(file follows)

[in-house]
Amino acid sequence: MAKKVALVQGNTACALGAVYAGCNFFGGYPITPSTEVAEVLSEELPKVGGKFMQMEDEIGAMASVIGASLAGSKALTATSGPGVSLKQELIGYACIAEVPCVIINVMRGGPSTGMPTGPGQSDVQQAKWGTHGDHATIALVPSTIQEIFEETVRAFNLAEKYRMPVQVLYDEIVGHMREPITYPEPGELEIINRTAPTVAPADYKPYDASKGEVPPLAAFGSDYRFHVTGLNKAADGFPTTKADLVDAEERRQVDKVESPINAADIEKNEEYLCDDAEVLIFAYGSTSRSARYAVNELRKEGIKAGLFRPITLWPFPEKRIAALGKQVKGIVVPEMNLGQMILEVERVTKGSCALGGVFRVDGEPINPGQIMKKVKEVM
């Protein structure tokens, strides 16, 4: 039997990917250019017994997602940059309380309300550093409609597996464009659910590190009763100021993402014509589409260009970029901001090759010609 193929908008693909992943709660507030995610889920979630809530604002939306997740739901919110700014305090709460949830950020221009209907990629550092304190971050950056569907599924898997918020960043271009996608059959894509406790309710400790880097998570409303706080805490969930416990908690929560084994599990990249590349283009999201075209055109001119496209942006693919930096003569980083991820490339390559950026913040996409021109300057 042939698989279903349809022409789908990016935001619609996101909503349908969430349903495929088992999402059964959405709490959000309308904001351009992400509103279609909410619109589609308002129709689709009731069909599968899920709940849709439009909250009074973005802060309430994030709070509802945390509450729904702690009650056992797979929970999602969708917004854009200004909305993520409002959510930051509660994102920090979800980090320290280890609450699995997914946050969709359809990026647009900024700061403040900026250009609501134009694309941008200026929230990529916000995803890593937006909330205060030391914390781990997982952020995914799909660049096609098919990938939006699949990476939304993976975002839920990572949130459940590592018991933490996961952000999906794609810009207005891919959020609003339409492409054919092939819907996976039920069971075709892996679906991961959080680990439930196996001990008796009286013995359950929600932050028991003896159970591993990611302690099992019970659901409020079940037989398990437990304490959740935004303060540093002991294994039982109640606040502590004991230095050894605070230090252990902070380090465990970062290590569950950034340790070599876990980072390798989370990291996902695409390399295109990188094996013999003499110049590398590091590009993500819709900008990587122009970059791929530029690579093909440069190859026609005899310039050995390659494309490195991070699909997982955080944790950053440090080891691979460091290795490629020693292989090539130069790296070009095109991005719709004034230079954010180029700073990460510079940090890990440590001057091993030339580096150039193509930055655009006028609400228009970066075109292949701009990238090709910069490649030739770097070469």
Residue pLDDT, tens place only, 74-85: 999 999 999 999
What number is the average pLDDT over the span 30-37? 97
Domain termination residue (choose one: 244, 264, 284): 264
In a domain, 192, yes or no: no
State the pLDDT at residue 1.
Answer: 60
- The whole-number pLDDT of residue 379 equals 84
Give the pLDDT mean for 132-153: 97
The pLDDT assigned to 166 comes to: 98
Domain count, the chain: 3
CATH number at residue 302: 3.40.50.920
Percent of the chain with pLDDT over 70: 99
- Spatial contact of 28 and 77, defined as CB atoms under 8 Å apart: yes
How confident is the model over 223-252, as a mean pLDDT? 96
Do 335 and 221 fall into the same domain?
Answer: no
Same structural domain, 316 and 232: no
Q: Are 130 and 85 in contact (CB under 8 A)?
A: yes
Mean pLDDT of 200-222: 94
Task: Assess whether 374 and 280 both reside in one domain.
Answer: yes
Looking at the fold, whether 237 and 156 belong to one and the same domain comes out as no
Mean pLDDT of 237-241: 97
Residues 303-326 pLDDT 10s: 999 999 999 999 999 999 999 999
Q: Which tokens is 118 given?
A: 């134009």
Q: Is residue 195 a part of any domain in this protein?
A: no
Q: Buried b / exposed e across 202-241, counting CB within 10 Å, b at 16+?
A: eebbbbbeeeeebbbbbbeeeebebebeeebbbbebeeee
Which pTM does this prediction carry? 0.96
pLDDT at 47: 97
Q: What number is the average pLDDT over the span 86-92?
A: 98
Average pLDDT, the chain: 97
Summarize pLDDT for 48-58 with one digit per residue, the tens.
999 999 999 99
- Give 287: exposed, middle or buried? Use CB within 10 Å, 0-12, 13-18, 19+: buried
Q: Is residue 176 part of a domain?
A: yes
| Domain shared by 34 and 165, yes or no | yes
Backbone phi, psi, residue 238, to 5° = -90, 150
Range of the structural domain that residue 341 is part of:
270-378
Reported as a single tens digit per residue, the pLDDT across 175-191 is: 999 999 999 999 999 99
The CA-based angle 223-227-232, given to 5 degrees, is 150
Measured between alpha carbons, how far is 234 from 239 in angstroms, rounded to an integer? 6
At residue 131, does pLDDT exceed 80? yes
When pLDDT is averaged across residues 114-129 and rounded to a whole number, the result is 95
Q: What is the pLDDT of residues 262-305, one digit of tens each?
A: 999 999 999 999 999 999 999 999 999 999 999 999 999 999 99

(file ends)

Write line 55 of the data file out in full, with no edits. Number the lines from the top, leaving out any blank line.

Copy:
A: 999 999 999 999 999 999 999 999 999 999 999 999 999 999 99